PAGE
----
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Is my car using too much oil? Add to ...

My 2002 Oldsmobile Intrigue goes through a litre of oil about every 10 days. There are no visible leaks and there is no blue smoke. Any ideas? – Patricia

You don’t say how much the car is used or how much mileage it has accumulated. These two factors are critical in addressing the problem.

Does the engine have 15,000 or 150,000 kilometres on it? Do you drive 1,500 kilometres every 10 days or 15,000? It is not uncommon for a new engine to use half a litre of oil in 3,000-5,000 kilometres while others use none at all.

Production tolerances are the main reason for the difference. If, for example, the acceptable range of tolerance is 0.05-mm to 0.1-mm, the engine with the larger gap will consume more oil or let more slip past (these numbers are for explanatory purposes only). As engines wear, the tolerances between parts increases, which in turn means increased consumption. Using a litre of oil every 1,500 kilometres is not unusual for a high-mileage engine.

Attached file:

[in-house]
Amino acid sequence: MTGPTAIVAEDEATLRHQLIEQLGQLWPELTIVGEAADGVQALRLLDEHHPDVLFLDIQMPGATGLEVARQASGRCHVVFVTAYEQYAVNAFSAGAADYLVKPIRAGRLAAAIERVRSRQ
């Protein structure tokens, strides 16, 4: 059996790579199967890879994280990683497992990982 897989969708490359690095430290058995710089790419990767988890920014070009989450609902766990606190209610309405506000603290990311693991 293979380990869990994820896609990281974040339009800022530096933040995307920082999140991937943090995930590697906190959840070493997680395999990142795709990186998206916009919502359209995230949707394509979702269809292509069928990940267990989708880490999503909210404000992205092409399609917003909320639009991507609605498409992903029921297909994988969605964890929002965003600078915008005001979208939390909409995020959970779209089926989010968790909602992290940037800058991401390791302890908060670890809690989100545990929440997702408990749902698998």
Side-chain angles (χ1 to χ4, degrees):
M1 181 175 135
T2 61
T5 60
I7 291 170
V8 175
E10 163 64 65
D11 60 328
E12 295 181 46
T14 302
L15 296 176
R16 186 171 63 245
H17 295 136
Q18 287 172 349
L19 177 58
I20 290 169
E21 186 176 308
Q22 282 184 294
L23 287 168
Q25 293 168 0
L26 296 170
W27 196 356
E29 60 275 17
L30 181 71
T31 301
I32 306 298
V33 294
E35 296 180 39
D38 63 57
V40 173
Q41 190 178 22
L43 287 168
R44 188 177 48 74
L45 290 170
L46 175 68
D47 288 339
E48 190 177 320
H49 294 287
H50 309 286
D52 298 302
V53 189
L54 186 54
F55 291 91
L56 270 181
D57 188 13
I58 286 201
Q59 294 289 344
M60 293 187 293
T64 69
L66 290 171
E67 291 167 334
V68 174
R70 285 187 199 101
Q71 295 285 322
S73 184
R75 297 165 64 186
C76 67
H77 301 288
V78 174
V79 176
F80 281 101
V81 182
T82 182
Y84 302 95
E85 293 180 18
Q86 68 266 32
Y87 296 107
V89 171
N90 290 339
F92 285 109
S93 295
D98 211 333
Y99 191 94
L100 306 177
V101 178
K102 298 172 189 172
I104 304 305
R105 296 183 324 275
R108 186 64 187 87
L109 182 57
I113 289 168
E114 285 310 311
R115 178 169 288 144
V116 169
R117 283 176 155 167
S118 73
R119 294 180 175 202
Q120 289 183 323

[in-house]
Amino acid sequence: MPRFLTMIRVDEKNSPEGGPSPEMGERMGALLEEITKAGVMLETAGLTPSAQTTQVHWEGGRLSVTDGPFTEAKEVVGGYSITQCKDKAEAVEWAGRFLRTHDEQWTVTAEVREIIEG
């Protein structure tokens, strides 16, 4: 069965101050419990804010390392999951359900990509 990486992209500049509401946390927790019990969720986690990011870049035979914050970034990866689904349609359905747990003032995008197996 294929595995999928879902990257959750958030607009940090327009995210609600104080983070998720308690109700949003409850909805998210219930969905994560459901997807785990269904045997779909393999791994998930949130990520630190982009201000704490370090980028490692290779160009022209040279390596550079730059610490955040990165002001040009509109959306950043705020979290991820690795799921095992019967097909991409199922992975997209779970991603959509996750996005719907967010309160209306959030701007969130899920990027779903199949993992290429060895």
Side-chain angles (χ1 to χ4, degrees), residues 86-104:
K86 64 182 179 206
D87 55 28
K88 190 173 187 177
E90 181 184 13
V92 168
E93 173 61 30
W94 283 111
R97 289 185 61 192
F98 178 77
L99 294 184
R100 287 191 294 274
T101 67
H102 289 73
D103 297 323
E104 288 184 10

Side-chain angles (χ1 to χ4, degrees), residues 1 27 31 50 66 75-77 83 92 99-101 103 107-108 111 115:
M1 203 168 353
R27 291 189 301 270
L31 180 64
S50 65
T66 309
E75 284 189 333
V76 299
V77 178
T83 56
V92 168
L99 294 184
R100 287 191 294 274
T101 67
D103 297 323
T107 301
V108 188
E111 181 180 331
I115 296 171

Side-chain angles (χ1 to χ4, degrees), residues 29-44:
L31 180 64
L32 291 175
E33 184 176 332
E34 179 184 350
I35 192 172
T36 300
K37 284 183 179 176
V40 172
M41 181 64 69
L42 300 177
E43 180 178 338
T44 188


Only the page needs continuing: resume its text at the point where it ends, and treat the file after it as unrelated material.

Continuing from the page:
In many cases, the head gasket has developed a leak. At that rate you might not notice anything in the exhaust. If oil consumption is excessive, it will likely create other problems such as fouled spark plugs, sensors and catalytic converter, which will in turn cause the engine to run rough and likely use more gas than normal.

The quickest way to see whether the consumption has reached such levels would be an emission check; have a qualified technician evaluate the exhaust gasses.

A compression check may not identify the problem if the oil is getting past the valve guides or piston rings.

As for leaks, you may not have noticed evidence of an oil leak on the driveway or garage floor, but there might still be a leak that is being burned off by a hot engine or exhaust system. Sources of this type or leak may be worn or broken gaskets – oil pan, valve cover, etc.

If it is a high-mileage engine that is getting plenty of use you might consider switching to special oils formulated for this purpose. They will not eliminate the problem but may slow down consumption. You could also try switching to a slightly higher viscosity or thicker oil.

The decision to do something further about the problem will depend on the value of the vehicle and your budget.

Send your automotive maintenance and repair questions to globedrive@globeandmail.com

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